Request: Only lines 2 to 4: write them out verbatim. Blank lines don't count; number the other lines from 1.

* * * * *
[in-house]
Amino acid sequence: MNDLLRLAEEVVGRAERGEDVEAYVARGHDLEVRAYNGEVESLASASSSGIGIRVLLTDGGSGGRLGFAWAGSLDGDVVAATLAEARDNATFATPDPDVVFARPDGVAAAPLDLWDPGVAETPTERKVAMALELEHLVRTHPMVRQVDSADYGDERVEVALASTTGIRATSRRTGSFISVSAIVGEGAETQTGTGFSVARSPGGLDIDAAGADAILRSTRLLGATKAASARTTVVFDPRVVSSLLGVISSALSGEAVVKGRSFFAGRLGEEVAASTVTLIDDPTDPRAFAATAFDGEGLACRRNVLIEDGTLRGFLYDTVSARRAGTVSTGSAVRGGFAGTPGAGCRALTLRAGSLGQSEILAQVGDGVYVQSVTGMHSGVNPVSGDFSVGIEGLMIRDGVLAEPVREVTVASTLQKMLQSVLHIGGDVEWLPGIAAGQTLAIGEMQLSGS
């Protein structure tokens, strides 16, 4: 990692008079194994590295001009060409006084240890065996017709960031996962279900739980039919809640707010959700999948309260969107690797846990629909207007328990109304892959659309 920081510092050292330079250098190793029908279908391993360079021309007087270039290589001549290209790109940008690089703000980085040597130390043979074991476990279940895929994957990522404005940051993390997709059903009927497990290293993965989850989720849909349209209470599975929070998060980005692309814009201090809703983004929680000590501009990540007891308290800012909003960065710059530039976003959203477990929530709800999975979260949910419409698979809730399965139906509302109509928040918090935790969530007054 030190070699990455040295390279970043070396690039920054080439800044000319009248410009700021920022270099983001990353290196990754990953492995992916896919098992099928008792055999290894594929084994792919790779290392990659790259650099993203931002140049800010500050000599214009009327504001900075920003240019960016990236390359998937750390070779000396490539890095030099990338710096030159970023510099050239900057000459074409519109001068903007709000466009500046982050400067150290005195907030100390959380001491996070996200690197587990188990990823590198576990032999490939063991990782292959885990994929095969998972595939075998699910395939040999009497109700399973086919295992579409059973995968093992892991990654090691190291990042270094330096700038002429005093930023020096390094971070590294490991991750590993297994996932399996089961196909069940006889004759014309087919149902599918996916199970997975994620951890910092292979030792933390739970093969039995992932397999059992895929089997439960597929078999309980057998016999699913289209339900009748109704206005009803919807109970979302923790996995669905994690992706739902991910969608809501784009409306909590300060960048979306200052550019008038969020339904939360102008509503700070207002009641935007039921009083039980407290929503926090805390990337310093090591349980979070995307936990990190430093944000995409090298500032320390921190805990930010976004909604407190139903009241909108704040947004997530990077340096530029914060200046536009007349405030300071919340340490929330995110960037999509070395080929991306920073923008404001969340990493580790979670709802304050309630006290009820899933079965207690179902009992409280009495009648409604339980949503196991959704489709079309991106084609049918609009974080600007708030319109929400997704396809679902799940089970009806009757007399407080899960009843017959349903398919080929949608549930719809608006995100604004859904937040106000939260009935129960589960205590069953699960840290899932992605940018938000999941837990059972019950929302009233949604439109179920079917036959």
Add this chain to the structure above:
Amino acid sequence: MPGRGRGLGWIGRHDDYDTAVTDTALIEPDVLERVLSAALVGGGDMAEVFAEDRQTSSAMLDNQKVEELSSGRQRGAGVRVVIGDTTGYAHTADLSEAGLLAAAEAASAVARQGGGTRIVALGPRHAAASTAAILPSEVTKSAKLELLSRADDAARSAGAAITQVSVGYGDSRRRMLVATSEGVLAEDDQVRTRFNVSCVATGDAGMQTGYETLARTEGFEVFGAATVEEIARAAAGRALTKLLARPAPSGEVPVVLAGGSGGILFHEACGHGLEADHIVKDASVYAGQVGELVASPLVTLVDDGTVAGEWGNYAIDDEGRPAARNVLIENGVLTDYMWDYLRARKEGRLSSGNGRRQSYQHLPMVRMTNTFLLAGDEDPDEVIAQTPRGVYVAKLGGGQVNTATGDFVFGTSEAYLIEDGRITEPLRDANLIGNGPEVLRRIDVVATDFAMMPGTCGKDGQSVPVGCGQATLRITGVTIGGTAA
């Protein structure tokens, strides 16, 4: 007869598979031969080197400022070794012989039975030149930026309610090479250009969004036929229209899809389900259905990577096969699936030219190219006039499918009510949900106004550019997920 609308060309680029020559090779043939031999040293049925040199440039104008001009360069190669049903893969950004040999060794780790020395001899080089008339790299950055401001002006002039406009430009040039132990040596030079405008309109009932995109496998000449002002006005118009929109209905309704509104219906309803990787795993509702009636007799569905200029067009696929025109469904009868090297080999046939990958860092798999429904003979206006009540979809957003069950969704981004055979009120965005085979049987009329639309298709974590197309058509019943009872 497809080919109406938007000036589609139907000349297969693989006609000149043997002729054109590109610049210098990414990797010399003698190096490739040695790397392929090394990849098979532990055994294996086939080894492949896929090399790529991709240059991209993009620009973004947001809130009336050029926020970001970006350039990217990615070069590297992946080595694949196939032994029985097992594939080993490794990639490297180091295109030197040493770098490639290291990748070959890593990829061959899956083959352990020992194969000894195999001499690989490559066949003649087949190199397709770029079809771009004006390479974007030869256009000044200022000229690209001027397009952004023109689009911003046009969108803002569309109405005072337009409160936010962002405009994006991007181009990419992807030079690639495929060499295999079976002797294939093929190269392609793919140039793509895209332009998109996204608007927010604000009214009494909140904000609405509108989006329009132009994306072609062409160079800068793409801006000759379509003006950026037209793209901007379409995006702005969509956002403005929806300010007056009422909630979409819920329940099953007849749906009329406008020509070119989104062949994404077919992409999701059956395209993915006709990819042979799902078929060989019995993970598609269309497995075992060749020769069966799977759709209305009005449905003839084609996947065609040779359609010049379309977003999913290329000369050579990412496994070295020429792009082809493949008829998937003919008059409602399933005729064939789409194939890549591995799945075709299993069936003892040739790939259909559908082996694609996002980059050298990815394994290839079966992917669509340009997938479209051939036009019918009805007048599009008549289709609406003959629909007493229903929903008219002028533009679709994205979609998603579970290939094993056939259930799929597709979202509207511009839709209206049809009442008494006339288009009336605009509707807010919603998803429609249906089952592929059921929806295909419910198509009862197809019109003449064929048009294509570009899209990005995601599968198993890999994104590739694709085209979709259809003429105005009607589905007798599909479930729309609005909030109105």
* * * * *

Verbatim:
Amino acid sequence: MNDLLRLAEEVVGRAERGEDVEAYVARGHDLEVRAYNGEVESLASASSSGIGIRVLLTDGGSGGRLGFAWAGSLDGDVVAATLAEARDNATFATPDPDVVFARPDGVAAAPLDLWDPGVAETPTERKVAMALELEHLVRTHPMVRQVDSADYGDERVEVALASTTGIRATSRRTGSFISVSAIVGEGAETQTGTGFSVARSPGGLDIDAAGADAILRSTRLLGATKAASARTTVVFDPRVVSSLLGVISSALSGEAVVKGRSFFAGRLGEEVAASTVTLIDDPTDPRAFAATAFDGEGLACRRNVLIEDGTLRGFLYDTVSARRAGTVSTGSAVRGGFAGTPGAGCRALTLRAGSLGQSEILAQVGDGVYVQSVTGMHSGVNPVSGDFSVGIEGLMIRDGVLAEPVREVTVASTLQKMLQSVLHIGGDVEWLPGIAAGQTLAIGEMQLSGS
């Protein structure tokens, strides 16, 4: 990692008079194994590295001009060409006084240890065996017709960031996962279900739980039919809640707010959700999948309260969107690797846990629909207007328990109304892959659309 920081510092050292330079250098190793029908279908391993360079021309007087270039290589001549290209790109940008690089703000980085040597130390043979074991476990279940895929994957990522404005940051993390997709059903009927497990290293993965989850989720849909349209209470599975929070998060980005692309814009201090809703983004929680000590501009990540007891308290800012909003960065710059530039976003959203477990929530709800999975979260949910419409698979809730399965139906509302109509928040918090935790969530007054 030190070699990455040295390279970043070396690039920054080439800044000319009248410009700021920022270099983001990353290196990754990953492995992916896919098992099928008792055999290894594929084994792919790779290392990659790259650099993203931002140049800010500050000599214009009327504001900075920003240019960016990236390359998937750390070779000396490539890095030099990338710096030159970023510099050239900057000459074409519109001068903007709000466009500046982050400067150290005195907030100390959380001491996070996200690197587990188990990823590198576990032999490939063991990782292959885990994929095969998972595939075998699910395939040999009497109700399973086919295992579409059973995968093992892991990654090691190291990042270094330096700038002429005093930023020096390094971070590294490991991750590993297994996932399996089961196909069940006889004759014309087919149902599918996916199970997975994620951890910092292979030792933390739970093969039995992932397999059992895929089997439960597929078999309980057998016999699913289209339900009748109704206005009803919807109970979302923790996995669905994690992706739902991910969608809501784009409306909590300060960048979306200052550019008038969020339904939360102008509503700070207002009641935007039921009083039980407290929503926090805390990337310093090591349980979070995307936990990190430093944000995409090298500032320390921190805990930010976004909604407190139903009241909108704040947004997530990077340096530029914060200046536009007349405030300071919340340490929330995110960037999509070395080929991306920073923008404001969340990493580790979670709802304050309630006290009820899933079965207690179902009992409280009495009648409604339980949503196991959704489709079309991106084609049918609009974080600007708030319109929400997704396809679902799940089970009806009757007399407080899960009843017959349903398919080929949608549930719809608006995100604004859904937040106000939260009935129960589960205590069953699960840290899932992605940018938000999941837990059972019950929302009233949604439109179920079917036959």
Add this chain to the structure above: